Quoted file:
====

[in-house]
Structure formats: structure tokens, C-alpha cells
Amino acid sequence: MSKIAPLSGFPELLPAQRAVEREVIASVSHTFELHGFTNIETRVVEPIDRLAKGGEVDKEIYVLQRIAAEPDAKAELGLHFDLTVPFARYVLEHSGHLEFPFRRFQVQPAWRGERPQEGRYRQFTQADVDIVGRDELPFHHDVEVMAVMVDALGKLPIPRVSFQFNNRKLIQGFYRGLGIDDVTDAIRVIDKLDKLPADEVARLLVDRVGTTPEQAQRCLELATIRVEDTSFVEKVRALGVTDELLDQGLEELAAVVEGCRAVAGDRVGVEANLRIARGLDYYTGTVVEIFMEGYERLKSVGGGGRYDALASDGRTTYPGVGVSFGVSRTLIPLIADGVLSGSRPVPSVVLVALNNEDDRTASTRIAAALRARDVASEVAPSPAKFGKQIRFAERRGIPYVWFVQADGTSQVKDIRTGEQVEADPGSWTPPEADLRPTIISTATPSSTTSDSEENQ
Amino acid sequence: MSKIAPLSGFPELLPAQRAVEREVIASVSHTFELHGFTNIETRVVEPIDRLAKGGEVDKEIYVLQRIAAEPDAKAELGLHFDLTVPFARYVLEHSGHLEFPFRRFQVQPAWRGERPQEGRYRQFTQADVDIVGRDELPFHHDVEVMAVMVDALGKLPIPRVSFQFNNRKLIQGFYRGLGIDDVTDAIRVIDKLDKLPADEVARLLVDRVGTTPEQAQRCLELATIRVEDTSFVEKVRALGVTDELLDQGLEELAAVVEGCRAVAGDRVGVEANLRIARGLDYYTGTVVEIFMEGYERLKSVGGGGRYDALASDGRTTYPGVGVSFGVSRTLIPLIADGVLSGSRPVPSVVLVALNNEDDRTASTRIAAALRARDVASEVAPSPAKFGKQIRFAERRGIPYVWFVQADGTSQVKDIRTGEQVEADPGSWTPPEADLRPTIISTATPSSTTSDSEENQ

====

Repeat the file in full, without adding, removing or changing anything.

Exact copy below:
[in-house]
Structure formats: structure tokens, C-alpha cells
Amino acid sequence: MSKIAPLSGFPELLPAQRAVEREVIASVSHTFELHGFTNIETRVVEPIDRLAKGGEVDKEIYVLQRIAAEPDAKAELGLHFDLTVPFARYVLEHSGHLEFPFRRFQVQPAWRGERPQEGRYRQFTQADVDIVGRDELPFHHDVEVMAVMVDALGKLPIPRVSFQFNNRKLIQGFYRGLGIDDVTDAIRVIDKLDKLPADEVARLLVDRVGTTPEQAQRCLELATIRVEDTSFVEKVRALGVTDELLDQGLEELAAVVEGCRAVAGDRVGVEANLRIARGLDYYTGTVVEIFMEGYERLKSVGGGGRYDALASDGRTTYPGVGVSFGVSRTLIPLIADGVLSGSRPVPSVVLVALNNEDDRTASTRIAAALRARDVASEVAPSPAKFGKQIRFAERRGIPYVWFVQADGTSQVKDIRTGEQVEADPGSWTPPEADLRPTIISTATPSSTTSDSEENQ
Amino acid sequence: MSKIAPLSGFPELLPAQRAVEREVIASVSHTFELHGFTNIETRVVEPIDRLAKGGEVDKEIYVLQRIAAEPDAKAELGLHFDLTVPFARYVLEHSGHLEFPFRRFQVQPAWRGERPQEGRYRQFTQADVDIVGRDELPFHHDVEVMAVMVDALGKLPIPRVSFQFNNRKLIQGFYRGLGIDDVTDAIRVIDKLDKLPADEVARLLVDRVGTTPEQAQRCLELATIRVEDTSFVEKVRALGVTDELLDQGLEELAAVVEGCRAVAGDRVGVEANLRIARGLDYYTGTVVEIFMEGYERLKSVGGGGRYDALASDGRTTYPGVGVSFGVSRTLIPLIADGVLSGSRPVPSVVLVALNNEDDRTASTRIAAALRARDVASEVAPSPAKFGKQIRFAERRGIPYVWFVQADGTSQVKDIRTGEQVEADPGSWTPPEADLRPTIISTATPSSTTSDSEENQ